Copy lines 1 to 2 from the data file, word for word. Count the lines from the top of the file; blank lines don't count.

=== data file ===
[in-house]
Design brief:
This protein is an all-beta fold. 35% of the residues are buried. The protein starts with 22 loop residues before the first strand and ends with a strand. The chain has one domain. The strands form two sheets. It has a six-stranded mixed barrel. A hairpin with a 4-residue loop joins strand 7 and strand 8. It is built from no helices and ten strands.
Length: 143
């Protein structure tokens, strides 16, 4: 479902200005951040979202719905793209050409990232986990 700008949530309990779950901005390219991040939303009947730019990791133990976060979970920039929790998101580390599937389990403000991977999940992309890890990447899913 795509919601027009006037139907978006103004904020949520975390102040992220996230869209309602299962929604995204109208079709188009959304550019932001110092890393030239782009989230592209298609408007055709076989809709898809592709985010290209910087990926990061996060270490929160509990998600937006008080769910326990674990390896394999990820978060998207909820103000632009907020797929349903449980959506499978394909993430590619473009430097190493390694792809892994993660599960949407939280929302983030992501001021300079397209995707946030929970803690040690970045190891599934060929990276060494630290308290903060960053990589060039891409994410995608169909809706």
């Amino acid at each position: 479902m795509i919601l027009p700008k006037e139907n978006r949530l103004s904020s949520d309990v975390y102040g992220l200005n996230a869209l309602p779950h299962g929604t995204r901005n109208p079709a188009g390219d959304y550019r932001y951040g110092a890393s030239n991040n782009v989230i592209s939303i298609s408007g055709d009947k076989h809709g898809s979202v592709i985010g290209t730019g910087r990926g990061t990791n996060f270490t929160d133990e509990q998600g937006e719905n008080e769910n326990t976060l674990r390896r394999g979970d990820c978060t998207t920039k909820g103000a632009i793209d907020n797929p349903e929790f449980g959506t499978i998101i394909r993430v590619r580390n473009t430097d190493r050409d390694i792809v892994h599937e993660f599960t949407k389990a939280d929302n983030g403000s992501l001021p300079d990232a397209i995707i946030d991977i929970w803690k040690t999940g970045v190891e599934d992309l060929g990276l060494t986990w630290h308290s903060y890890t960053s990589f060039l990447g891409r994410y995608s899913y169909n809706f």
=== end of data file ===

[in-house]
Design brief: